Between a bout of feeling out of sorts and the impending paranoia of a soon-to-be imposed lockdown, my blog will be halted until it resumes. I mean, just because you’re paranoid doesn’t mean they aren’t out to get you.

LOCKED DOWN IN SINGAPORE.

THE MORE THINGS CHANGE, THE MORE THEY STAY THE SAME

We came back to Singapore about a month ago. 

It was about seven in the evening when we finally pulled into our service apartment block. Waiting at the lifts, we could see out the glass doors into the swimming pool area where we both heard and saw a raucous Latin American party in full swing. 

The salsa and hip-hop continued well into the night and we marvelled at the republic’s seeming certitude. We had just arrived from Kuala Lumpur where there was, and still is, a movement control order being enforced amid a complete lockdown. 

Much has changed since then. Singapore, which used to be touted as a global model for its handling of the pandemic, got knocked off its pedestal about two weeks ago. 

Indeed, when attempting to justify the huge numbers in the United States, talk show hosts routinely engage in bromides like “Even Singapore has had to…”

It would appear that the coronavirus is the great leveller of fortunes. 

Still, Singapore tries to be different by avoiding words like lockdown or controls. No, the republic has merely instituted a “circuit breaker” and, truth be told, it’s much milder than in Malaysia. 

The basic rules of lockdown still apply. You may no longer eat at restaurants and most shops are closed except for those selling essentials. In supermarkets Xs mark the spots where people might line up while still remaining safely socially distant from one another. 

Indeed, these markings are everywhere – in subway cars and buses, even lifts. And almost everyone now works from home. 

But the numbers keep rising ominously. At the time of writing, the island’s total number of infections crossed the 4,000 mark while Thursday saw the highest number of new cases in a day (over 700).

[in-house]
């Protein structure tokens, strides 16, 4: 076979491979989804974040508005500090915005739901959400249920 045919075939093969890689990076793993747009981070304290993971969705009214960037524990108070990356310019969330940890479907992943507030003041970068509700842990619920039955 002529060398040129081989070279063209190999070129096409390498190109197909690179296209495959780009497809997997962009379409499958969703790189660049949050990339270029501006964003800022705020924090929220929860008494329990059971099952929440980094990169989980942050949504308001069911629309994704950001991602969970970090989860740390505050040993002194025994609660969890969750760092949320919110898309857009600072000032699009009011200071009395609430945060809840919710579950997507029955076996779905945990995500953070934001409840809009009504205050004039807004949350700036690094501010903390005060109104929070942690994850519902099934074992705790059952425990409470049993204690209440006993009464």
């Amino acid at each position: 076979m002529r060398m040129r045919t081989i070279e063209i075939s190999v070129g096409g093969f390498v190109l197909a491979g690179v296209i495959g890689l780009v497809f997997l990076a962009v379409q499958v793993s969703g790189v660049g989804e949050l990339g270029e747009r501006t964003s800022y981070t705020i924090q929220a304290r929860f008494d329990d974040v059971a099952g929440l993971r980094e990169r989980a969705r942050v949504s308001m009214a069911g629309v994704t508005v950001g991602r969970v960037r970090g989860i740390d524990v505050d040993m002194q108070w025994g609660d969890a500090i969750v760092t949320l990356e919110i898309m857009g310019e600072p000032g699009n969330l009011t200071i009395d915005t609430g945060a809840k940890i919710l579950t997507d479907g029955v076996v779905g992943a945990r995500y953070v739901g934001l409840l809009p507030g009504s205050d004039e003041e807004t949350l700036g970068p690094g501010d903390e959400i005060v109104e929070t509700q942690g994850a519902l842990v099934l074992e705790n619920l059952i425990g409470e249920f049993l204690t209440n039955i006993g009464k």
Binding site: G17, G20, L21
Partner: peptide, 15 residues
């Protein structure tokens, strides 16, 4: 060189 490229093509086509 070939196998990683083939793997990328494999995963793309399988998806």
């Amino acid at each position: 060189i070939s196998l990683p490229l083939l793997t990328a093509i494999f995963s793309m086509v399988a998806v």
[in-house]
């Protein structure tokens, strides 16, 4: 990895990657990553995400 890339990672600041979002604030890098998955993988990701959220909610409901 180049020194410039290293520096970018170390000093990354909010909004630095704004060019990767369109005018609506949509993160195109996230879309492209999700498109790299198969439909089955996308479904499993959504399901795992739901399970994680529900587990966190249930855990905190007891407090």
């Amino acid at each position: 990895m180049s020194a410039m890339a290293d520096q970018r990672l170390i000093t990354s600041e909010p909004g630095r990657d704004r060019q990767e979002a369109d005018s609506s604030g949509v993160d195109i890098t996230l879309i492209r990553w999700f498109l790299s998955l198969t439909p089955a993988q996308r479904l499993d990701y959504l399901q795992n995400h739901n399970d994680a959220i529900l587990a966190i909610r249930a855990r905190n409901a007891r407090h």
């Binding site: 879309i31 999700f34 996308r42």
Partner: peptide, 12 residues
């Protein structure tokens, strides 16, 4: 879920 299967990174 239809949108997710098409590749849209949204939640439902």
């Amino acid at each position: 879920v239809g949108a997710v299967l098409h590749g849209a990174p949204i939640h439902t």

The rules keep tightening to keep apace of the threat. Early on, for example, we were “advised” that wearing masks might be useful. And it was “recommended.” 

Very soon, it was not just desirable but necessary on pain of financial hurt or what the republic deems to be a “fine.” And it’s a fine thing too because enforcement, like death, is inevitable: there are closed circuit televisions everywhere. 

The subways and buses still run and, masked, we can still go walking in the Botanic Gardens. The joggers, however, are still allowed to run unmasked which is puzzling as they are probably the largest droplet-emitters in the Gardens at any one time. 

But this is Singapore, and no one questions authority. Sometimes, however, it’s carried to the point of absurdity. Case in point: yesterday evening, we spotted numerous people driving solo, yet they were wearing masks.  Why on earth would anyone have to wear a mask while driving alone in an air-conditioned car? One suspects there is no such rule. 

But Singaporeans have been conditioned over years to avoid chewing gum and people called Jay, walking. Methinks they are being simply prudent and prefer to err on the side of caution. Indeed, everyone follows whatever directives the Singapore government deems fit without comment or talk-back. 

It’s like PMS, it’s simply that, period!

Which is why, I’m continually amazed to read stories in the Malaysian press that relate to the sorts of things our countrymen get up to during the MCO – golfing, arguing, even yelling at the police. And government parliamentarians have returned to the bad old days of being appointed to cushy GLC jobs…Alas, it appears that nothing has changed.